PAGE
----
Answer:

Formal Source of Credit

Informal Source of Credit

Banks and co-operatives come under the formal sources.

Informal sources of credit include moneylenders, traders, employers, relatives, friends etc.

The formal sources of credit are supervised by the Reserve Bank of India.

There is no organization which supervises the credit activities of lenders in the informal sector.

Bank requires collateral and proper documentation for getting a loan.

No collateral is required. They are ready to give loan without documentation.

The rate of interest is low.

The rate of interest is high.

Loans are given for productive purposes/economic activities.

Loans are given for productive/economic or non-productive/non-economic activities too.

Fresh loans are given only after the repayment of earlier loans.

Fresh loans are given even though the earlier loans have not been repaid.

Question 21: Cheap and affordable credit is crucial for the country’s development. Explain. / Why should the banks and cooperative societies lend more?
Answer:

• The informal lenders charge a much higher interest on loans.
• Due to this a larger part of the earnings of the borrowers is used to repay the loan.
• Hence, borrowers have less income left for themselves. In certain cases, the high interest rate for borrowing can mean that the amount to be repaid is greater than the income of the borrower. This could lead to increasing debt and debt trap. Also, people who might wish to start an enterprise by borrowing may not do so because of the high cost of borrowing.
• If the banks and cooperatives lend more it would lead to higher incomes and many people could then borrow cheaply for a variety of needs.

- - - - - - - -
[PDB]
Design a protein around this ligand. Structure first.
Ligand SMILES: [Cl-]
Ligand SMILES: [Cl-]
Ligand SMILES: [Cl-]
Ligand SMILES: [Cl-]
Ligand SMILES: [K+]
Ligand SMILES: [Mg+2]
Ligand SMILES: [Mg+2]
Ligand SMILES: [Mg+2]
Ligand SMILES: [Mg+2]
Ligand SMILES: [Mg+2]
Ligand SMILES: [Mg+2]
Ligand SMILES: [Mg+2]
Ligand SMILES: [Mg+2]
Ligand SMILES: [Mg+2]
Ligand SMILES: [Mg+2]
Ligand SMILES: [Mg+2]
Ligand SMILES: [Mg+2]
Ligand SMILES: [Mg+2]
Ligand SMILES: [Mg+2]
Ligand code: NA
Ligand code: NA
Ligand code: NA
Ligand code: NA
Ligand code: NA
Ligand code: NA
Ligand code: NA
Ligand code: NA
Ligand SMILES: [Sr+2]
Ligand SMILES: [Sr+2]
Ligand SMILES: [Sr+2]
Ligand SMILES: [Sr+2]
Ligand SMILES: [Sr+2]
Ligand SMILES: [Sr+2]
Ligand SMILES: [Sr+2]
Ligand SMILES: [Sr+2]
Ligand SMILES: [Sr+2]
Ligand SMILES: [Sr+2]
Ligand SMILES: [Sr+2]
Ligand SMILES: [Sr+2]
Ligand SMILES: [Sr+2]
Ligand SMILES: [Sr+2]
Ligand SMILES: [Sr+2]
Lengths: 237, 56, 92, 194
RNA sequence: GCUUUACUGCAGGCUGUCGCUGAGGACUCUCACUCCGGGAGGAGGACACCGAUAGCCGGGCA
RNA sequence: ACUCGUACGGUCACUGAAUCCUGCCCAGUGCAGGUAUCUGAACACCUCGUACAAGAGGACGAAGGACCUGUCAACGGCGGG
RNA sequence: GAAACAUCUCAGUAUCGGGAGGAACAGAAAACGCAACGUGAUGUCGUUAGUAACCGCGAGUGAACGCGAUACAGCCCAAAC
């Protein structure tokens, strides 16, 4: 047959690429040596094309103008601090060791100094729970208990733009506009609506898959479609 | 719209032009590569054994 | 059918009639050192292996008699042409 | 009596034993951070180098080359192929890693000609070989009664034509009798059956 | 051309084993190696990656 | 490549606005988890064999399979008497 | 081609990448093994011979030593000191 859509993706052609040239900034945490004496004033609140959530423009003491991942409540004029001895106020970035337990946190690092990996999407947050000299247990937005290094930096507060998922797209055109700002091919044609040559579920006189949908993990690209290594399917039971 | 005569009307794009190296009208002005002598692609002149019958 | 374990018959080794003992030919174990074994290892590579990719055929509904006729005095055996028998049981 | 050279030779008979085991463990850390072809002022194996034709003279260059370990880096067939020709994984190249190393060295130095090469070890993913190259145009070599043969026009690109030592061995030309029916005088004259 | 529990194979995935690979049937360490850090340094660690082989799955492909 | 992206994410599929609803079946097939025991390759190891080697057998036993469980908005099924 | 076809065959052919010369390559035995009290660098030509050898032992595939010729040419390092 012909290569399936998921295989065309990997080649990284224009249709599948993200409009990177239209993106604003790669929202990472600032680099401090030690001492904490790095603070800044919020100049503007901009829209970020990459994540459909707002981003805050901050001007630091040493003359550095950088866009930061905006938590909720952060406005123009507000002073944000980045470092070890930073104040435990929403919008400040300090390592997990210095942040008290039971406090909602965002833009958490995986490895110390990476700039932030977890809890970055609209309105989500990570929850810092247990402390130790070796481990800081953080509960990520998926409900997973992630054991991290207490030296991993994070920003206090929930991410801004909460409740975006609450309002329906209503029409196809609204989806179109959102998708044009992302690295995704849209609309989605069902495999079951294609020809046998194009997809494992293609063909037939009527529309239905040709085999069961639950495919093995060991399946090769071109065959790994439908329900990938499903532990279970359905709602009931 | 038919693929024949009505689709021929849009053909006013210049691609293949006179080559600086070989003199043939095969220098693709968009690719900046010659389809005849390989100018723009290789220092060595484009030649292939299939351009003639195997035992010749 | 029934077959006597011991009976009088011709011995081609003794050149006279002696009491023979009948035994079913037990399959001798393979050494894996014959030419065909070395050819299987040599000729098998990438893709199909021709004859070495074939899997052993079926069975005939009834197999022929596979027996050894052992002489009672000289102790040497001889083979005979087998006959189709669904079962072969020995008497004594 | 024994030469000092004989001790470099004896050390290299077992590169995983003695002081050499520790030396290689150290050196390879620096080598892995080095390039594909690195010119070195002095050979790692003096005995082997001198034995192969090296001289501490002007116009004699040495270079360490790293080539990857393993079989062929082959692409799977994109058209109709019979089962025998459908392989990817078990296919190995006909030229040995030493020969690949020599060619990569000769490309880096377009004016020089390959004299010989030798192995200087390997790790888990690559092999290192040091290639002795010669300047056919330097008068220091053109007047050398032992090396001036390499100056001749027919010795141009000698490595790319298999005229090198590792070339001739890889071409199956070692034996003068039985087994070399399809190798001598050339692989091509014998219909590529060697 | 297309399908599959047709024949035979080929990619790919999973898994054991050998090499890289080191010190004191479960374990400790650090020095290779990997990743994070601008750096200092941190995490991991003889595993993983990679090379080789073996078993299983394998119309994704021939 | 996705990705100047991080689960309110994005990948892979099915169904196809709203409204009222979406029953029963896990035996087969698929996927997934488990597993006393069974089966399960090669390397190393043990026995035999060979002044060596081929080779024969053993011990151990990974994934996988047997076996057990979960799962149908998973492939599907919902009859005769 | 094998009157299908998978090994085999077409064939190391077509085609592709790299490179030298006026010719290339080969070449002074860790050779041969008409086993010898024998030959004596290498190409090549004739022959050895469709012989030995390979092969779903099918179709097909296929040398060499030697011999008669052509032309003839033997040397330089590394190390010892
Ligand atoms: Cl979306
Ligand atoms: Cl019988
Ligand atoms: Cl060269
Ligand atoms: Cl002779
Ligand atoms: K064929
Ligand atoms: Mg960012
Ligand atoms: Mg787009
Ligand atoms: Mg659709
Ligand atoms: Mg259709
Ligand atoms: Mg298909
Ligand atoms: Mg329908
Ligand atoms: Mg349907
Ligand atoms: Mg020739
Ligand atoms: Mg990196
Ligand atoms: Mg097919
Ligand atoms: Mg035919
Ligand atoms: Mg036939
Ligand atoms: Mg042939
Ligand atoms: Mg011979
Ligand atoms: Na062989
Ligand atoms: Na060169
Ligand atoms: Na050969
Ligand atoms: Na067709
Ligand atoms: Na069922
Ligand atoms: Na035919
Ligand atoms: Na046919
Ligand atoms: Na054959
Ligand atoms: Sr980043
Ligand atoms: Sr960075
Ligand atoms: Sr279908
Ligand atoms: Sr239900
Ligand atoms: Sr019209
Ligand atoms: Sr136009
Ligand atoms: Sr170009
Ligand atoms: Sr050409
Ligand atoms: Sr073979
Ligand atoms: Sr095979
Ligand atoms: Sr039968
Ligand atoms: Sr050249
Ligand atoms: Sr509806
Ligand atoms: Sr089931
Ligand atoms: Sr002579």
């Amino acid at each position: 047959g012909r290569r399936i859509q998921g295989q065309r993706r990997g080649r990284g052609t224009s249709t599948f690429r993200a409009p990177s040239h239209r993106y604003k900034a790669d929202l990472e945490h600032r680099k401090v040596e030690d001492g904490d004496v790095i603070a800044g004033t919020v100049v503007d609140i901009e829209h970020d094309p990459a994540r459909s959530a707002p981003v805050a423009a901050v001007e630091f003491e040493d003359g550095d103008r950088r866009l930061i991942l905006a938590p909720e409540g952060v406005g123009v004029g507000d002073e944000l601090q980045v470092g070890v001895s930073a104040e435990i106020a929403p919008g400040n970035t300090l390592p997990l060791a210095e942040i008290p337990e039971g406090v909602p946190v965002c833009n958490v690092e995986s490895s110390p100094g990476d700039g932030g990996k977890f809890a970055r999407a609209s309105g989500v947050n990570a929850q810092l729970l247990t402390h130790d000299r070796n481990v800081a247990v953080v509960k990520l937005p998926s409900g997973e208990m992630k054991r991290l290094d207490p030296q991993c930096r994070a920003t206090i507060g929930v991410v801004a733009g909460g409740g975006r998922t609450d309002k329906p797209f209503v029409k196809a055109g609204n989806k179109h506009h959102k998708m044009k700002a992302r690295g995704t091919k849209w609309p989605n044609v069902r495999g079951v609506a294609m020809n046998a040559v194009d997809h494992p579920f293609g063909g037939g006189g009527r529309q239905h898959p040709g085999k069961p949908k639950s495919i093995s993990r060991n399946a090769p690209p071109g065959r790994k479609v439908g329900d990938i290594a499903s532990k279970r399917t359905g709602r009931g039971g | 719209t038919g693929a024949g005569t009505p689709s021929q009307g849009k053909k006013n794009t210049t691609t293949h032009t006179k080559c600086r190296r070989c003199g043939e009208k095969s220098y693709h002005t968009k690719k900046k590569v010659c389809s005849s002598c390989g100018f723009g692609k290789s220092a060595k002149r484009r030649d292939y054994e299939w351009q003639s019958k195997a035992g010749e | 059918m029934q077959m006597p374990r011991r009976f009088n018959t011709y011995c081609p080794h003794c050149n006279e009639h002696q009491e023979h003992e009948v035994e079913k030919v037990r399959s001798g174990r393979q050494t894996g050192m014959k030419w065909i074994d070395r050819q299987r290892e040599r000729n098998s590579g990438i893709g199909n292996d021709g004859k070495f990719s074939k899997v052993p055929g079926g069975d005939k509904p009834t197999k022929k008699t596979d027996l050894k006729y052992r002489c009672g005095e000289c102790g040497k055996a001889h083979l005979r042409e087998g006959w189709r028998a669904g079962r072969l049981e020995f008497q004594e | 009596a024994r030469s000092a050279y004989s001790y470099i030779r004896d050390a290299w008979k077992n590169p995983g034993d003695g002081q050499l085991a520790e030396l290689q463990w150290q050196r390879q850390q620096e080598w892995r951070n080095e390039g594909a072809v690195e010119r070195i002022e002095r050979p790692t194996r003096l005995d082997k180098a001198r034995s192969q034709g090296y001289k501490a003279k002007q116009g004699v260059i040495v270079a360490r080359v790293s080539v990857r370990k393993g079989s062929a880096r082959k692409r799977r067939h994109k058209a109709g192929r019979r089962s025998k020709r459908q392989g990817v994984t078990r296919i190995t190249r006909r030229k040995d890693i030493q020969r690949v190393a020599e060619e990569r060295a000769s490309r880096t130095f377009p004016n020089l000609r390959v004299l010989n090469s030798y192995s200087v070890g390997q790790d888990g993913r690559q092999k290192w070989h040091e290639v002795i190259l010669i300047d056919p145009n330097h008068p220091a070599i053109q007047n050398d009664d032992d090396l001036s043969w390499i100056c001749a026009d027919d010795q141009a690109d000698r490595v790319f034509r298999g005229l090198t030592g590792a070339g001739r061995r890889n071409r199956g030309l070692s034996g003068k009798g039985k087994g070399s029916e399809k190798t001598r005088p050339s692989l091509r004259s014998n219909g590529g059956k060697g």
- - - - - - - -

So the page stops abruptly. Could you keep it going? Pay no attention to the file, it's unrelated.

• They could grow crops, do business, set up small-scale industries etc.
• They could set up new industries or trade in goods.
• Hence, cheap and affordable credit is crucial for the country’s development.

Question 22: What are cooperatives? How are they beneficial?
Answer:

• Cooperatives are autonomous associations of persons united voluntarily to meet their common economic, social and cultural needs and aspirations through a jointly-owned enterprise.
• There are several types of cooperatives such as farmers' cooperatives, weavers' cooperatives, industrial workers cooperatives etc.
• The cooperatives accept deposits from their members. With these deposits as collateral, the cooperatives can obtain a large loan from the bank. These funds are used to provide loan to members. Once these loans are repaid, another round of lending can take place.

Question 23: Why do you think formal sources of credit are reluctant to give loans to rural people in India?
Answer:

• A number of borrowers have no collateral to pledge against loans, particularly small farmers requiring loans.
• A collateral is an asset that the borrower owns and pledges as a guarantee to the lender until the loan is repaid.
• Repayment of such loan is crucially dependent on the income from selling the crop. Since there is a risk involved (in case of inadequate yield for any reason), banks are not willing to lend to such borrowers who cannot pledge collateral, which can be sold to recover the loan amount in case of default in paying the loan amount.

Question 24: How does money solve the problem of double coincidence of wants?
Answer:

• Double coincidence of wants is an essential feature in a barter system, where goods are directly exchanged without the use of money.
• However, in an economy using money as a medium of exchange, eliminates his by providing the crucial intermediate step.
• For example, it is not necessary for a shoemaker to look for a farmer who will buy shoes made by him and at the same time sell rice to him. All he has to do is to find a buyer for his shoes, who will pay him money for the purchase. With this money, he can purchase rice or any other commodity available in the market.